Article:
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Propagation of Human Prostate Cancer Stem-Like Cells Occurs through EGFR-Mediated ERK Activation

  • Adrian P. Rybak,

    Affiliations Division of Nephrology, Department of Medicine, McMaster University, Hamilton, Ontario, Canada, Father Sean O’Sullivan Research Institute, Hamilton, Ontario, Canada, The Hamilton Centre for Kidney Research (HCKR), St. Joseph’s Hospital, Hamilton, Ontario, Canada

  • Alistair J. Ingram,

    Affiliations Division of Nephrology, Department of Medicine, McMaster University, Hamilton, Ontario, Canada, Father Sean O’Sullivan Research Institute, Hamilton, Ontario, Canada, The Hamilton Centre for Kidney Research (HCKR), St. Joseph’s Hospital, Hamilton, Ontario, Canada

  • Damu Tang

    damut@mcmaster.ca

    Affiliations Division of Nephrology, Department of Medicine, McMaster University, Hamilton, Ontario, Canada, Father Sean O’Sullivan Research Institute, Hamilton, Ontario, Canada, The Hamilton Centre for Kidney Research (HCKR), St. Joseph’s Hospital, Hamilton, Ontario, Canada

Propagation of Human Prostate Cancer Stem-Like Cells Occurs through EGFR-Mediated ERK Activation

  • Adrian P. Rybak, 
  • Alistair J. Ingram, 
  • Damu Tang
PLOS
x

Abstract

Prostate cancer stem-like cells (PCSCs) are being intensely investigated largely owing to their contributions towards prostate tumorigenesis, however, our understanding of PCSC biology, including their critical pathways, remains incompletely understood. While epidermal growth factor (EGF) is widely used in maintaining PCSC cells in vitro, the importance of EGF-dependent signaling and its downstream pathways in PCSC self-renewal are not well characterized. By investigating DU145 sphere cells, a population of prostate cancer cells with stem-like properties, we report here that epidermal growth factor receptor (EGFR) signaling plays a critical role in the propagation of DU145 PCSCs. Activation of EGFR signaling via addition of EGF and ectopic expression of a constitutively-active EGFR mutant (EGFRvIII) increased sphere formation. Conversely, inhibition of EGFR signaling by using EGFR inhibitors (AG1478 and PD168393) and knockdown of EGFR significantly inhibited PCSC self-renewal. Consistent with the MEK-ERK pathway being a major target of EGFR signaling, activation of the MEK-ERK pathway contributed to EGFR-facilitated PCSC propagation. Modulation of EGFR signaling affected extracellular signal-related kinase (ERK) activation. Inhibition of ERK activation through multiple approaches, including treatment with the MEK inhibitor U0126, ectopic expression of dominant-negative MEK1(K97M), and knockdown of either ERK1 or ERK2 resulted in a robust reduction in PCSC propagation. Collectively, the present study provides evidence that EGFR signaling promotes PCSC self-renewal, in part, by activating the MEK-ERK pathway.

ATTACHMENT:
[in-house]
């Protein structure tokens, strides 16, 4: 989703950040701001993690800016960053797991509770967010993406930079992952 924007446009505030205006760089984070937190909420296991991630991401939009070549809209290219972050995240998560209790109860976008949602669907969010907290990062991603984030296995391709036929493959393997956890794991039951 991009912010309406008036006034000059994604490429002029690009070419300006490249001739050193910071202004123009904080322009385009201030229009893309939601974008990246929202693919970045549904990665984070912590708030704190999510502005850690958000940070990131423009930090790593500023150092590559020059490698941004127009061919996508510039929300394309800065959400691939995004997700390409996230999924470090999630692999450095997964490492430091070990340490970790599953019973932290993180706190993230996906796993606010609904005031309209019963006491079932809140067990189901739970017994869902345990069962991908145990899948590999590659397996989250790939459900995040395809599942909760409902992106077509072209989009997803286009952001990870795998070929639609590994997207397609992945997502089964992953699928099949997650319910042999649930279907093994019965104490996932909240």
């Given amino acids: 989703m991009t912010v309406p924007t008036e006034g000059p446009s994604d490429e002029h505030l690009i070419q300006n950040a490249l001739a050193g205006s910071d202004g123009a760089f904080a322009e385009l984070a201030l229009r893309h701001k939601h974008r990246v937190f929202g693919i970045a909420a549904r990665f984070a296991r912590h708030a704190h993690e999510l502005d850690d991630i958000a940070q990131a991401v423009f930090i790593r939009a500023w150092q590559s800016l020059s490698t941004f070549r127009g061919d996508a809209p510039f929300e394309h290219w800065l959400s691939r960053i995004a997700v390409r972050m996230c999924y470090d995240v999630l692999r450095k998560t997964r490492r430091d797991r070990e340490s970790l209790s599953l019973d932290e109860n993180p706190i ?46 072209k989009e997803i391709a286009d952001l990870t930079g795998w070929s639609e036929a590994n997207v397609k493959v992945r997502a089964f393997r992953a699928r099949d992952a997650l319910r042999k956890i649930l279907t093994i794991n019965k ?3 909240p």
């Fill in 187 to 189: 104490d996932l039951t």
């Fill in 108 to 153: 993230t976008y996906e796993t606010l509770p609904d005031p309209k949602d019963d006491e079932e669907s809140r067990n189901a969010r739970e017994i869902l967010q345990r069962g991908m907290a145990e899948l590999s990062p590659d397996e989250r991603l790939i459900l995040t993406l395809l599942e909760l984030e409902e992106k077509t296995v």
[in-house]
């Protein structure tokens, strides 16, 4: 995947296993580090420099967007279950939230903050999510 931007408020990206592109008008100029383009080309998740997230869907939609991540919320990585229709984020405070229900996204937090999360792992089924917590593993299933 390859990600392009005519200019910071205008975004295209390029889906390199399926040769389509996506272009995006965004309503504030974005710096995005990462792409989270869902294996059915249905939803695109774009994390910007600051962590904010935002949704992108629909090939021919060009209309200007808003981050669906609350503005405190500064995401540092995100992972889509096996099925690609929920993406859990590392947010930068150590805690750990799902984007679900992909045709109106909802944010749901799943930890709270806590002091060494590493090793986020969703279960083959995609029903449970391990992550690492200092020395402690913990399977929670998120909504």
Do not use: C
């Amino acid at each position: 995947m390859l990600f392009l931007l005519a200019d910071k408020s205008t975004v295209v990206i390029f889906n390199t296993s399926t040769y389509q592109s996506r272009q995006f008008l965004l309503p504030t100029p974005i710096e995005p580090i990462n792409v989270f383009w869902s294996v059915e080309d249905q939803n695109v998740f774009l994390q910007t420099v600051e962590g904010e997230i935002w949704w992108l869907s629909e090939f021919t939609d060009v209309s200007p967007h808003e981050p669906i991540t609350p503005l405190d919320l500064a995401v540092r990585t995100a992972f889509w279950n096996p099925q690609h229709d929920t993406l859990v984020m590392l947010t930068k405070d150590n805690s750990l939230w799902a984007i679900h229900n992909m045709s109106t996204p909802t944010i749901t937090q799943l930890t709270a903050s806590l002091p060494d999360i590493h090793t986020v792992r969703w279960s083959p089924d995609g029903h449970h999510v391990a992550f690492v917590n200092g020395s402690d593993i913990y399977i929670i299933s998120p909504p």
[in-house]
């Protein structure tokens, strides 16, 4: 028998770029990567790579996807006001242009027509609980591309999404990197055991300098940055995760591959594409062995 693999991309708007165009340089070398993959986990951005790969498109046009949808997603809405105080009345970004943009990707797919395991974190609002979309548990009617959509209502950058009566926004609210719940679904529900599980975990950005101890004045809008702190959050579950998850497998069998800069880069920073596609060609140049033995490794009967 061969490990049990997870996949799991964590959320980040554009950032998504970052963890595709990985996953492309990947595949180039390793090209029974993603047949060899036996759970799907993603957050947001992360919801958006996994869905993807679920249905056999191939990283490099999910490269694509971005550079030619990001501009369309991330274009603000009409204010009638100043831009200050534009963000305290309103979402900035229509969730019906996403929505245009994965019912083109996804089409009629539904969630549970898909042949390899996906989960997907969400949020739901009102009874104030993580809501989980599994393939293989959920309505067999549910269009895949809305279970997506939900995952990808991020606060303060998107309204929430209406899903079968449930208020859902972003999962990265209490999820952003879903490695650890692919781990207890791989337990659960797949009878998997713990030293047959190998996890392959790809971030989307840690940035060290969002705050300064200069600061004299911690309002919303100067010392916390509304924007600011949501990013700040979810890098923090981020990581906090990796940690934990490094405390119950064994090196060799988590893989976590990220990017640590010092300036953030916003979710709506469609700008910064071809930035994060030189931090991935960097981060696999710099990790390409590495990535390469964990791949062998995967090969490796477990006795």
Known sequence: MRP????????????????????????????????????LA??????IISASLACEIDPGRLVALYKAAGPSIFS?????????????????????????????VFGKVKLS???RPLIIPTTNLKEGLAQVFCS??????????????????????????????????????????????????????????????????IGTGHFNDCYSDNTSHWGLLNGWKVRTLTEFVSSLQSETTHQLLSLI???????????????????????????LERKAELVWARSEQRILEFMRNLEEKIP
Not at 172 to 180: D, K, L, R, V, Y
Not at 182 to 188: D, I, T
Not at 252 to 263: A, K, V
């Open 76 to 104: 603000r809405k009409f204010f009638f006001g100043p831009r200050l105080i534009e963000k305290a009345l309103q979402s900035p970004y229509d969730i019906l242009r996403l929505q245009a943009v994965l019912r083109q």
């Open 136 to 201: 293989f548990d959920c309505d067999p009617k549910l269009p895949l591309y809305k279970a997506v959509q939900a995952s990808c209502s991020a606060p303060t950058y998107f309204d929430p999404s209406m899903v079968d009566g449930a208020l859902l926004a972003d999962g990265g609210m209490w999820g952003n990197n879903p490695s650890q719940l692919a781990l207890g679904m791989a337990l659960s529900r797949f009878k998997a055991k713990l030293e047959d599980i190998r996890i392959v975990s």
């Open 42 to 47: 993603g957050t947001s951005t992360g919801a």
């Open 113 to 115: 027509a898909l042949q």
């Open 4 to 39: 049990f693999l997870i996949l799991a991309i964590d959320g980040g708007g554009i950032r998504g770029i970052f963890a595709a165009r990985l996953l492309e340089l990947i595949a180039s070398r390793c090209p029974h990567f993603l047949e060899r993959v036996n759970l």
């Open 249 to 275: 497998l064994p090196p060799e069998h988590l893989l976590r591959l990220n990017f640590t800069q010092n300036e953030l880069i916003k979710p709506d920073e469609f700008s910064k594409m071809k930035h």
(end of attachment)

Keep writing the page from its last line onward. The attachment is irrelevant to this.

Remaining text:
Introduction

Prostate cancer is the most common male malignancy and the second leading cause of cancer-related deaths in males in Western countries [1], [2]. During the process of prostate tumorigenesis, oncogenic signaling pathways promote the progression of hormone-dependent carcinomas to hormone refractory prostate cancer (HRPC), the major contributing factor in prostate cancer fatalities [3], [4]. Although the exact mechanisms responsible for the initiation and progression of prostate cancer remain largely unknown, prostate cancer stem-like cells (PCSCs) are widely regarded as being critical in prostate tumorigenesis and its development towards HRPC disease [5][7].

Despite the mounting evidence suggesting the existence of PCSCs, identification of human PCSCs in vivo has appeared to be a challenging task. This challenge is largely due to the heterogeneous nature of prostate cancer and the limited samples available from clinical sources. Our limited understanding of PCSCs has also contributed to the inability to isolate and propagate PCSCs from human primary carcinomas. To advance our knowledge of PCSCs, several research groups, including ours, have enriched for PCSCs from human prostate cancer cell lines. This is largely attributable to the demonstration that cancer stem cells (CSCs) can be studied using the sphere culture assay under serum-free (SF) media conditions. This assay has been used to derive and propagate CSCs from brain [8], breast [9], colon [10] and prostate cancer cells [11][16] in vitro. More importantly, the sphere culture approach has allowed the propagation of prostate cancer stem-like cells that display CSC properties of self-renewal and the ability to initiate tumor formation in vivo [11], [12], [15], [17].